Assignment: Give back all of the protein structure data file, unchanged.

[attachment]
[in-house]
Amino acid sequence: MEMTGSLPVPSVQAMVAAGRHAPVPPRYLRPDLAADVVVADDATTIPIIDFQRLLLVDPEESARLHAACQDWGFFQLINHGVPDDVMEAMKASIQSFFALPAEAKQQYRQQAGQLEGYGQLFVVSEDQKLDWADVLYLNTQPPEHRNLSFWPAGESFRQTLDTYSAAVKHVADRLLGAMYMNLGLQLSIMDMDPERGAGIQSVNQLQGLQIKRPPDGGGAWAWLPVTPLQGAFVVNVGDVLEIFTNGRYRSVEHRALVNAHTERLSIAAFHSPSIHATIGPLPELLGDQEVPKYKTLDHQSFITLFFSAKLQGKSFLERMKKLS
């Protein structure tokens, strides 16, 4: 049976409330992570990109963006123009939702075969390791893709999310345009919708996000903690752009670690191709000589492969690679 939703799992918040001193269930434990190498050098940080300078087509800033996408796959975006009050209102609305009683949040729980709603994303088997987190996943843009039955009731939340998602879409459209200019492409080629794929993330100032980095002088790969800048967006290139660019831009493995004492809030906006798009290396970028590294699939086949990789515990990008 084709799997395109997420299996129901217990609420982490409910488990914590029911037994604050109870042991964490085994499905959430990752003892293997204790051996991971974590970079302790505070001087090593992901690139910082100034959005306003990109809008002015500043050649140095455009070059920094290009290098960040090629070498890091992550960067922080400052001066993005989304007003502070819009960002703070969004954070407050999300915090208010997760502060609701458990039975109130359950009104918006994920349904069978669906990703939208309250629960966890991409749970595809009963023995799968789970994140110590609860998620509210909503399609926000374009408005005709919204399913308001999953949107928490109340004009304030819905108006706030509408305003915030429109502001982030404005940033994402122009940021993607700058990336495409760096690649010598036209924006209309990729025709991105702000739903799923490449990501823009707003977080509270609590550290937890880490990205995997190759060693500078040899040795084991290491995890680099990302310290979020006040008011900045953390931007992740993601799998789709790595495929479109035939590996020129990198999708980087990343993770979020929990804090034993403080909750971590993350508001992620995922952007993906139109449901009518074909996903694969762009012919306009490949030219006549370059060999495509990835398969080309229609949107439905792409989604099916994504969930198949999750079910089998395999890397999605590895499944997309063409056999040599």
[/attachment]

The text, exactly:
[in-house]
Amino acid sequence: MEMTGSLPVPSVQAMVAAGRHAPVPPRYLRPDLAADVVVADDATTIPIIDFQRLLLVDPEESARLHAACQDWGFFQLINHGVPDDVMEAMKASIQSFFALPAEAKQQYRQQAGQLEGYGQLFVVSEDQKLDWADVLYLNTQPPEHRNLSFWPAGESFRQTLDTYSAAVKHVADRLLGAMYMNLGLQLSIMDMDPERGAGIQSVNQLQGLQIKRPPDGGGAWAWLPVTPLQGAFVVNVGDVLEIFTNGRYRSVEHRALVNAHTERLSIAAFHSPSIHATIGPLPELLGDQEVPKYKTLDHQSFITLFFSAKLQGKSFLERMKKLS
């Protein structure tokens, strides 16, 4: 049976409330992570990109963006123009939702075969390791893709999310345009919708996000903690752009670690191709000589492969690679 939703799992918040001193269930434990190498050098940080300078087509800033996408796959975006009050209102609305009683949040729980709603994303088997987190996943843009039955009731939340998602879409459209200019492409080629794929993330100032980095002088790969800048967006290139660019831009493995004492809030906006798009290396970028590294699939086949990789515990990008 084709799997395109997420299996129901217990609420982490409910488990914590029911037994604050109870042991964490085994499905959430990752003892293997204790051996991971974590970079302790505070001087090593992901690139910082100034959005306003990109809008002015500043050649140095455009070059920094290009290098960040090629070498890091992550960067922080400052001066993005989304007003502070819009960002703070969004954070407050999300915090208010997760502060609701458990039975109130359950009104918006994920349904069978669906990703939208309250629960966890991409749970595809009963023995799968789970994140110590609860998620509210909503399609926000374009408005005709919204399913308001999953949107928490109340004009304030819905108006706030509408305003915030429109502001982030404005940033994402122009940021993607700058990336495409760096690649010598036209924006209309990729025709991105702000739903799923490449990501823009707003977080509270609590550290937890880490990205995997190759060693500078040899040795084991290491995890680099990302310290979020006040008011900045953390931007992740993601799998789709790595495929479109035939590996020129990198999708980087990343993770979020929990804090034993403080909750971590993350508001992620995922952007993906139109449901009518074909996903694969762009012919306009490949030219006549370059060999495509990835398969080309229609949107439905792409989604099916994504969930198949999750079910089998395999890397999605590895499944997309063409056999040599």